The Exped Airmat comes with what they call, the Schnozzel Pumpbag. It’s meant to make blowing up this ultralight sleeping pad even easier, and prevent moisture from your breath entering the sleeping pad and affecting the insulation. However, as a user, I feel like they missed the mark. The pumpbag is cleverly designed. You hold it out in front of you, open the widest side to ‘catch’ some air, close the large opening and then roll it shut. Finally, there is a valve that connects with the one-way inflatable valve. All you have to do is squeeze the pumpbag and all the air from the sack transfers to the mat. It takes about two rounds of doing this to completely fill your Airmat.
I practiced this at home a few times and found it both fun and unique. But out in the wild, I found it took way too long to set up. As a user it was frustrating to fill the pump sack and fiddle with the quick release valves until I had a full sleeping pad. On top of that it was difficult to store the pumpbag, and in the end it felt like just one more thing I had to keep track of. After two or three uses, I just gave up on the pumpbag and blew up my mat the good old fashioned way.
Other than that, the Exped Airmat met or exceeded my expectations. It’s extremely light (ultralight, even) at total of 13.8oz (including the pumpbag). It packs down to slightly larger than a coke can, and (other than the pumpbag) was incredibly easy to use.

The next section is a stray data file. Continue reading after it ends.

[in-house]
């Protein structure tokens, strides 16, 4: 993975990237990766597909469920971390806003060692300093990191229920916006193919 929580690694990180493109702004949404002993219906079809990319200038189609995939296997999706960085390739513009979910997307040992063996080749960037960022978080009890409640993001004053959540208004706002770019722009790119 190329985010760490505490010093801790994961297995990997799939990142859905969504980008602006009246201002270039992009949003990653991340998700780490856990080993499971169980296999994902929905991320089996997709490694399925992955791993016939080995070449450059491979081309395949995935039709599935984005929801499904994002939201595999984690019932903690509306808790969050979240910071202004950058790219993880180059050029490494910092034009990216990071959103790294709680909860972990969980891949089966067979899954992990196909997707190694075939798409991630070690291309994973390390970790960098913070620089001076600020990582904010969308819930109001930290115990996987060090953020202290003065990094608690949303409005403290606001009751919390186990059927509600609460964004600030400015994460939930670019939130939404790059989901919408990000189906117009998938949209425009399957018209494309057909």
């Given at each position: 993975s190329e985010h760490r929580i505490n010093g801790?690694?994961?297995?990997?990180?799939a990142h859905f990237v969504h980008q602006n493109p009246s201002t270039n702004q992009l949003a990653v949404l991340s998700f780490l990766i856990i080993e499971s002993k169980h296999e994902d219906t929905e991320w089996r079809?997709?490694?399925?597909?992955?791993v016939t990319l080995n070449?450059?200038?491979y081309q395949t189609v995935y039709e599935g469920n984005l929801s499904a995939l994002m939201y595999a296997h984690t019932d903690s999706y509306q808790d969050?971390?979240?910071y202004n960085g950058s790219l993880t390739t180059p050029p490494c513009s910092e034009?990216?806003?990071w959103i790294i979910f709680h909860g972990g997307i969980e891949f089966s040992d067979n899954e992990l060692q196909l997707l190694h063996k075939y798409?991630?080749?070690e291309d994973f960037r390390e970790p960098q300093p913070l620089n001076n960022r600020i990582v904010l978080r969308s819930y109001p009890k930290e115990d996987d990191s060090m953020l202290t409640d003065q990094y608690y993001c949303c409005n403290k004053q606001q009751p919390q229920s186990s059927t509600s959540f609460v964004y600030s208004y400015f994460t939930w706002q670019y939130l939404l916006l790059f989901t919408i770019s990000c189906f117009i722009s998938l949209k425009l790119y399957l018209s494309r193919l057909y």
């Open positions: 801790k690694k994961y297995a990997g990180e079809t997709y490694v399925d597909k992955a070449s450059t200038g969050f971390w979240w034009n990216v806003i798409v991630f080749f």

The Final Word
In summary, the Exped AirMat is an excellent ultralight sleeping pad. It’s comfortable, easy to use, and packs down quite small. There might be some people out there who find the pump bag to be a useful tool to have in their back pocket, but for me, the whole experience was better without it. The one-way inflation valve is a clever design element that made the experience of blowing up the mat by mouth much easier, and the quick-release deflate valve was great.
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About the Gear Tester
Kaya Lindsay is a writer, photographer, and filmmaker with a passion for rock climbing and the outdoors.
In 2016 she converted a Sprinter Van into a tiny home and has been traveling around the US & Canada to pursue her passion for rock climbing. Since hitting the road she has begun a career in filmmaking and is currently working on her One Chick Travels series, highlighting solo female travelers who live and work to pursue an adventurous lifestyle. Her films have been highlighted by major brands such as Backcountry and Outside TV. To fulfill her passion for writing, she chronicles her many adventures in her blog. Professionally, she writes for the adventure sports company Outdoor Prolink and The Climbing Zine. Kaya hopes to spend many more years in her tiny home on wheels, Lyra, and is currently living in Moab Utah.
Hi. I have an older exped, and its very slippery. Was looking for info if the newer ones are better, and it looks like this is.
I like the pumpsack, but I think maybe you are using it wrong. Just keep the pump bag connected, and blow ligthly into it. It will open up quite much, and you just roll it close a few times and squeese the bag. Dont roll it. Dont need to get all the air out. It might take you 3-4 times insted of 2, but much quicker and easier. I just use the bag to keep my sleeping bag dry when i have it in my backpack.
Thanks for your tips Thomas!